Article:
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  1. #1
    mrtoml's Avatar
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    Paper ISO and exposure times

    I recently made some prints on Ilford MG RC paper and made detailed notes so that I could replicate the results (ie exposure times, dodge and burn notes, and enlarger head height etc.). I also wanted to try to bleach and redevelop in Lith, but as my inexperience shows, this paper does not lith in this way at all well and the results are nothing like what I was getting on the RC WT paper from my last darkroom session.

    I note that the booklet that comes with the paper states speeds for various types of MG paper and the speed for RC WT is P125 versus P200 for the normal paper. (Not sure what the P stands for BTW - paper?)

    Does this mean that I can use my exposure notes for the MG RC and just readjust the times for MG RC WT keeping everything else constant or is there more to it than this? This sounds too good to be true :rolleyes:
    Mark Tomlinson
    Currently using Bronica RF645+65mm, Leica M6, Bessa R2a, Nokton LTM 50/1.5, Zeiss Biogon ZM 35/2.8, Nikon 35mm SLRs.
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  2. #2

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    g'day mr

    i'm not sure but then i don't look at things too technically, i'm more hands on

    my experience with keeping notes is that initially it's a good idea as it makes you think about each part of the process, however i've come to see to see that each printing session is a different creative experience, you learn, you grow, your expectations change, to print each neg the same way each time is creativily restrictive

    Ray

  3. #3

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    The simple answer is yes, you can use your MG RC notes and adjust the time for the WT. Note that the speed changes according to the filtration, so you need to look at the speed numbers for the filtration you'll be using.
    The calculated exposure probably will not be exact, but you should be close.

  4. #4

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    g'day bdial

    why would the calculated exposure not be exact?

  5. #5
    mrtoml's Avatar
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    Quote Originally Posted by Ray Heath View Post
    g'day mr

    your expectations change, to print each neg the same way each time is creativily restrictive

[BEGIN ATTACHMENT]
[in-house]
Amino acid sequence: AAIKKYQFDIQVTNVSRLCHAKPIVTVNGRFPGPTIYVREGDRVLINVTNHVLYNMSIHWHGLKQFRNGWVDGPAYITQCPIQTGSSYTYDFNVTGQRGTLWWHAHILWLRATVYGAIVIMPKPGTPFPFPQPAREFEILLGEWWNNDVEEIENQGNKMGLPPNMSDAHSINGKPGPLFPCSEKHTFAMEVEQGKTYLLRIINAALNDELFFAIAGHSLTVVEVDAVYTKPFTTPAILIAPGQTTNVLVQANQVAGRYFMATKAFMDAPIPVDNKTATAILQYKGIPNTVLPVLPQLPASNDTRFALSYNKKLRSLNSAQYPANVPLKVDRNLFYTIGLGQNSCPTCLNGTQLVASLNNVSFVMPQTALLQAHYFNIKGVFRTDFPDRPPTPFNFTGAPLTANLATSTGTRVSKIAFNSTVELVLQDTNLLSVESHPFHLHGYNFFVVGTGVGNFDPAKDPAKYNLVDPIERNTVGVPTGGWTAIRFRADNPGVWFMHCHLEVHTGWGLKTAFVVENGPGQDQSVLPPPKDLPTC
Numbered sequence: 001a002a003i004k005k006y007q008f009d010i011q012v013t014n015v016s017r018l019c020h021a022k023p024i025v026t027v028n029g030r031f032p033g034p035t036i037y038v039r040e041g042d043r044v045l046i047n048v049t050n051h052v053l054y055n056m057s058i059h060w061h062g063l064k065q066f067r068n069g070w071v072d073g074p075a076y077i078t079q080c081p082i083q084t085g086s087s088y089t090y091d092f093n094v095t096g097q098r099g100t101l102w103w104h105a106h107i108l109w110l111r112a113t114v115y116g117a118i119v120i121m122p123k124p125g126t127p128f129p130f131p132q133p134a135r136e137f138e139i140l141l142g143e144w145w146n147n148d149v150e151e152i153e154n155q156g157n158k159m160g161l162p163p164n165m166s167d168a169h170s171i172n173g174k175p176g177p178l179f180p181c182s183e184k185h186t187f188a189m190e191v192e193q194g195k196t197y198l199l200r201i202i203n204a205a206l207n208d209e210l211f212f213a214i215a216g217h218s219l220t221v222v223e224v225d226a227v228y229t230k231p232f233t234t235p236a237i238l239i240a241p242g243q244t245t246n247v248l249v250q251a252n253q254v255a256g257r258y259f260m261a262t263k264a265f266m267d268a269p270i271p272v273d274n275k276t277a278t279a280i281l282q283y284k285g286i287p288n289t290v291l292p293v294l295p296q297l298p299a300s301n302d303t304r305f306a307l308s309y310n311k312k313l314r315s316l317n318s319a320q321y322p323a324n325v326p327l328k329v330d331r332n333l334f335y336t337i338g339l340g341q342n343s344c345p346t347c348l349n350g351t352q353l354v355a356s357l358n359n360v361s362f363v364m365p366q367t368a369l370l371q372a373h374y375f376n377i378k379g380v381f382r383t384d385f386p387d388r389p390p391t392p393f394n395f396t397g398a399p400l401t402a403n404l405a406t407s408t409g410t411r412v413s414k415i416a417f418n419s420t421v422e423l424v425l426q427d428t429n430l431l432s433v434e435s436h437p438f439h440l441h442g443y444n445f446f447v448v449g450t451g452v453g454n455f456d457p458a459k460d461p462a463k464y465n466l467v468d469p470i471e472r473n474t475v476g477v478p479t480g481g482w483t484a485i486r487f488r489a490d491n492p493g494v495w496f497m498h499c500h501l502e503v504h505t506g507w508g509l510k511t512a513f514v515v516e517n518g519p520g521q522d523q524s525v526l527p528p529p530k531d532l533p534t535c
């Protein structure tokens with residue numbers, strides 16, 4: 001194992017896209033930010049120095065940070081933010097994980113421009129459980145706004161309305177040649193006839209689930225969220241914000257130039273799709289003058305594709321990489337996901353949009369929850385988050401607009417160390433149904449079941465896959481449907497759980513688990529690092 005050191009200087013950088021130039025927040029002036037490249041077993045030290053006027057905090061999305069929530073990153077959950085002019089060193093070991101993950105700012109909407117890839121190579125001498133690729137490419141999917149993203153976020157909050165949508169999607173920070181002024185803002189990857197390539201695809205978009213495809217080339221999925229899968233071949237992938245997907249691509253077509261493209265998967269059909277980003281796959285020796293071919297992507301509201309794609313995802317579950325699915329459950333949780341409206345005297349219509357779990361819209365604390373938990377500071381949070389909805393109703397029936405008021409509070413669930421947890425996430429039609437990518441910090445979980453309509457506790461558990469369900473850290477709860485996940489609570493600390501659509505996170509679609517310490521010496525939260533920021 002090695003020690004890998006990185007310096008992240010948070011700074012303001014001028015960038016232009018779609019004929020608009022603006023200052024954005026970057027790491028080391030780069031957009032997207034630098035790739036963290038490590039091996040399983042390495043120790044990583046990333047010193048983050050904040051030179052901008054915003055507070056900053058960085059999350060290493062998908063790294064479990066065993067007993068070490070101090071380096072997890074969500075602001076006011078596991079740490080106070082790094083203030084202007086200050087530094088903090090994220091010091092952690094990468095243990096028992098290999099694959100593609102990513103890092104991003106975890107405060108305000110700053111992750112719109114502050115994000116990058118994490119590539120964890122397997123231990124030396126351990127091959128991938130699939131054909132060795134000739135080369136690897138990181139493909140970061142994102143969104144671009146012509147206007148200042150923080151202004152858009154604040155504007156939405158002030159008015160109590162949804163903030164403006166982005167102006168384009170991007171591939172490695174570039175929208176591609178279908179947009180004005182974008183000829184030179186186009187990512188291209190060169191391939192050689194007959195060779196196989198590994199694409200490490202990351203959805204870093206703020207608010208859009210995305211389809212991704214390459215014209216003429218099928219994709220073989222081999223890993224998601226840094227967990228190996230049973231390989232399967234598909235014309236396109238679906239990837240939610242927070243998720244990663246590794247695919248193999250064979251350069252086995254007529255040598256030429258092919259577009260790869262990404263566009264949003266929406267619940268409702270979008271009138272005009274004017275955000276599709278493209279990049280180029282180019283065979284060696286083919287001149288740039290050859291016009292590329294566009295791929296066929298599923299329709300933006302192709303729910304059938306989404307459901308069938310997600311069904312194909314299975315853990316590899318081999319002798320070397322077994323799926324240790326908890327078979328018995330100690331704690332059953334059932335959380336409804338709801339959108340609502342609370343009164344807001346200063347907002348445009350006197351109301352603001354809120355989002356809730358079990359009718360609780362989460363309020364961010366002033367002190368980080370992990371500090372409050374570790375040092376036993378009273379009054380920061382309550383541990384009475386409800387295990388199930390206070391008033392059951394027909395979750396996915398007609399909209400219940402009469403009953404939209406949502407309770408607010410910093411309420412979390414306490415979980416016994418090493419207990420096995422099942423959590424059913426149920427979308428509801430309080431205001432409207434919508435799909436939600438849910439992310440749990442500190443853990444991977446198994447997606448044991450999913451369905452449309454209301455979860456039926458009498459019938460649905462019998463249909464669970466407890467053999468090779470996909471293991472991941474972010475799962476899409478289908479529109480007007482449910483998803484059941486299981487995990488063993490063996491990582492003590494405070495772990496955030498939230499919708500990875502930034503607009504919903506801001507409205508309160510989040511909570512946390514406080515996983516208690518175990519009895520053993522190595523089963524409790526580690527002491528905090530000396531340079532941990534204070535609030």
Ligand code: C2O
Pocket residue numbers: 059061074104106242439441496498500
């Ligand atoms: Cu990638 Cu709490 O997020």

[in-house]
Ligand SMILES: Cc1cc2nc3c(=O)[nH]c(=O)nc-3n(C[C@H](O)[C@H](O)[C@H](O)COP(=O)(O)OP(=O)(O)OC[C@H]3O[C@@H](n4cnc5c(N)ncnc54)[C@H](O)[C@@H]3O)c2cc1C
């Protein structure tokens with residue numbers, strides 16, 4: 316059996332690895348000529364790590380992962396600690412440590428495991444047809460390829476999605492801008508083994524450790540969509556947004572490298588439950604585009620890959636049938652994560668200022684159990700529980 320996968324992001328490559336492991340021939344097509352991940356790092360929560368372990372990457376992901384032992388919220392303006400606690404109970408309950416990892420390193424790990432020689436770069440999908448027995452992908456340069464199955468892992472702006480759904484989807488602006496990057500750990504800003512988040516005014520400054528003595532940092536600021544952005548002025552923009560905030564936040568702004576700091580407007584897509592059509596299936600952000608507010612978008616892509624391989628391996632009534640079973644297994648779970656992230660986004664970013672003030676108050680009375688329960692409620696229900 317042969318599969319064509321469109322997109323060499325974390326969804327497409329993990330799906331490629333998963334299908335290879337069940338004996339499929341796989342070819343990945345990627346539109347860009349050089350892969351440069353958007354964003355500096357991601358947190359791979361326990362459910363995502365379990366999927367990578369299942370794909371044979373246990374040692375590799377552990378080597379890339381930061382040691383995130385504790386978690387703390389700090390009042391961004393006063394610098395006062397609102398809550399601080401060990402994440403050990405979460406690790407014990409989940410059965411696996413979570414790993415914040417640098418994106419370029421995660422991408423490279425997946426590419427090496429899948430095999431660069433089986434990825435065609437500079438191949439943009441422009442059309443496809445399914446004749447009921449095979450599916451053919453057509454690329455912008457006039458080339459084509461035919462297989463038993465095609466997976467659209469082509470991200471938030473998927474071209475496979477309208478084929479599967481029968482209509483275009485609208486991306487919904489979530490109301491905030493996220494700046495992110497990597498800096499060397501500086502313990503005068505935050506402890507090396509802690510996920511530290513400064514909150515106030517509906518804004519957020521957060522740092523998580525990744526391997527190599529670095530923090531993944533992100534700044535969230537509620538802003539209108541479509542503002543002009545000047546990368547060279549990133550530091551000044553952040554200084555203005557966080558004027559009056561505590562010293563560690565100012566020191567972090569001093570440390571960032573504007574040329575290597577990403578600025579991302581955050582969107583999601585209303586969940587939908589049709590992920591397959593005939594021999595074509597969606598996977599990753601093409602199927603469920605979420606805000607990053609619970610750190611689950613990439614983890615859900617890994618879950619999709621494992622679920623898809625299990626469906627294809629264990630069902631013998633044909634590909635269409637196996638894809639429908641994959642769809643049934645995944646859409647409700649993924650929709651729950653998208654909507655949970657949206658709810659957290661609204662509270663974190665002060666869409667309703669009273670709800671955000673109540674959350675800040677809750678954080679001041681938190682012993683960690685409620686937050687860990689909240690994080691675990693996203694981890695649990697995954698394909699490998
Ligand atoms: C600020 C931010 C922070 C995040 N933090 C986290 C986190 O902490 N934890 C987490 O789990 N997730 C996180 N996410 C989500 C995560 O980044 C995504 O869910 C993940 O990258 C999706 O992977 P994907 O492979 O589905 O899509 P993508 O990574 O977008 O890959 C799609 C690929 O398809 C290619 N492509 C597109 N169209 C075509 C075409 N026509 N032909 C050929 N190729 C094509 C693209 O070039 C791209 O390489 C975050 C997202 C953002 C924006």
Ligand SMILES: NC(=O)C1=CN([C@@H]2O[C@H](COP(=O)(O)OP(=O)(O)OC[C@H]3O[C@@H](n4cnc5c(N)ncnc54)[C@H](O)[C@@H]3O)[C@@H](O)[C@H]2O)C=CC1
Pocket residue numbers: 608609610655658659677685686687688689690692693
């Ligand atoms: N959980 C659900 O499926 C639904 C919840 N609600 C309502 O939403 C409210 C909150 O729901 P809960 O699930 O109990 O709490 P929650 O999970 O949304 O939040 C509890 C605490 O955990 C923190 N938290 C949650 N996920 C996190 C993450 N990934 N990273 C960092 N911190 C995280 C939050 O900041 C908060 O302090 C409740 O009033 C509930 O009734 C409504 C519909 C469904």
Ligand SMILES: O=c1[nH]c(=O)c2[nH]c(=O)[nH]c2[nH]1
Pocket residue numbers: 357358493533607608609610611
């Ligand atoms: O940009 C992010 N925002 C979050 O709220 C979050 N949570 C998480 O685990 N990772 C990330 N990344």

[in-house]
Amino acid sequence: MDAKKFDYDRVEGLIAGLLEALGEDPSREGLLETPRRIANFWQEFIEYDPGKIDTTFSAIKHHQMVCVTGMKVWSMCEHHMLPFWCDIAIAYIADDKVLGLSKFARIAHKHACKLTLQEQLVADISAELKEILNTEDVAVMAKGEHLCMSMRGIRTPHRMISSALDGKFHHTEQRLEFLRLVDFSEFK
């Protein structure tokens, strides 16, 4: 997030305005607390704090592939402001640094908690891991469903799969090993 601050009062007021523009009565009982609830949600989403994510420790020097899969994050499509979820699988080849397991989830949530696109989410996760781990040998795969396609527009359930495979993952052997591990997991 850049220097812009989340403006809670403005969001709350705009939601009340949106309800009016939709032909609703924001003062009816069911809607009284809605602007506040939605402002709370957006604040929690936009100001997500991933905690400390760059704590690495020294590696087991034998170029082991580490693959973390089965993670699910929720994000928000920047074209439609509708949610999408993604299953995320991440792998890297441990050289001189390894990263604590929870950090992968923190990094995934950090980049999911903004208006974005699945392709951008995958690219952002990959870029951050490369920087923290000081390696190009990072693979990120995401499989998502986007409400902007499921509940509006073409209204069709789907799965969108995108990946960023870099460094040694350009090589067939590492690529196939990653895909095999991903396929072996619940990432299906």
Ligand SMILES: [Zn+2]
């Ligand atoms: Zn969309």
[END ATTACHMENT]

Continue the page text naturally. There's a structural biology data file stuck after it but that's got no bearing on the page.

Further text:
Ray
    I guess you have a valid point here, but I am merely trying to correct a mistake I made last time. I just want to print the same images again in a similar way on a different paper for a toning experiment. I don't want in this particular case to have to start all over again unless it is absolutely necessary.

    Although if I revisit the negatives again later I may well change the way I print them (more experience or a different mood and so on will suggest potential changes I guess).
    Mark Tomlinson
    Currently using Bronica RF645+65mm, Leica M6, Bessa R2a, Nokton LTM 50/1.5, Zeiss Biogon ZM 35/2.8, Nikon 35mm SLRs.
    Join the lith printing forum at http://www.lithprinting.net/

  6. #6
    mrtoml's Avatar
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    Quote Originally Posted by Ray Heath View Post
    g'day bdial

    why would the calculated exposure not be exact?
    I think my worry is that from what I have read the speed of papers is standardised on producing a mid-grey tone. So if normal RC and WT RC multigrade produce maximum black say at slightly different times to each other (all other things being equal) then the time for one paper based on mid-grey will be off for the other paper. I am guessing here and have no idea whether this is true or not.
    Mark Tomlinson
    Currently using Bronica RF645+65mm, Leica M6, Bessa R2a, Nokton LTM 50/1.5, Zeiss Biogon ZM 35/2.8, Nikon 35mm SLRs.
    Join the lith printing forum at http://www.lithprinting.net/

  7. #7

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    The time for mid-grey will be different, but proportional to the speeds.

    The reason it won't be exact is that the character of the papers is different, and a numerically equivalent exposure may not be what looks best with the new paper.

  8. #8

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    Quote Originally Posted by bdial View Post
    ... The reason it won't be exact is that the character of the papers is different, and a numerically equivalent exposure may not be what looks best with the new paper.
    which is exactly my reasoning for not trying to do repeat the 'same' print

    what you will want to repeat is any burning and dodging, think of those timings as stops

    e.g
    the background needs twice as much exposure as the foreground, so base expose plus base exposure again while dodging the rest of the print = +1 stop;

    the subject needs to be lightened slightly, so during the base exposure dodge with a shader for half the time = -1/2 stop

    so, all you have to do is establish a new base exposure and contrast level, that shouldn't take more than 1 or 2 test strips as you already know how the major tones can look

    Ray

  9. #9
    mrtoml's Avatar
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    Thanks. That's all very helpful.
    Mark Tomlinson
    Currently using Bronica RF645+65mm, Leica M6, Bessa R2a, Nokton LTM 50/1.5, Zeiss Biogon ZM 35/2.8, Nikon 35mm SLRs.
    Join the lith printing forum at http://www.lithprinting.net/



 

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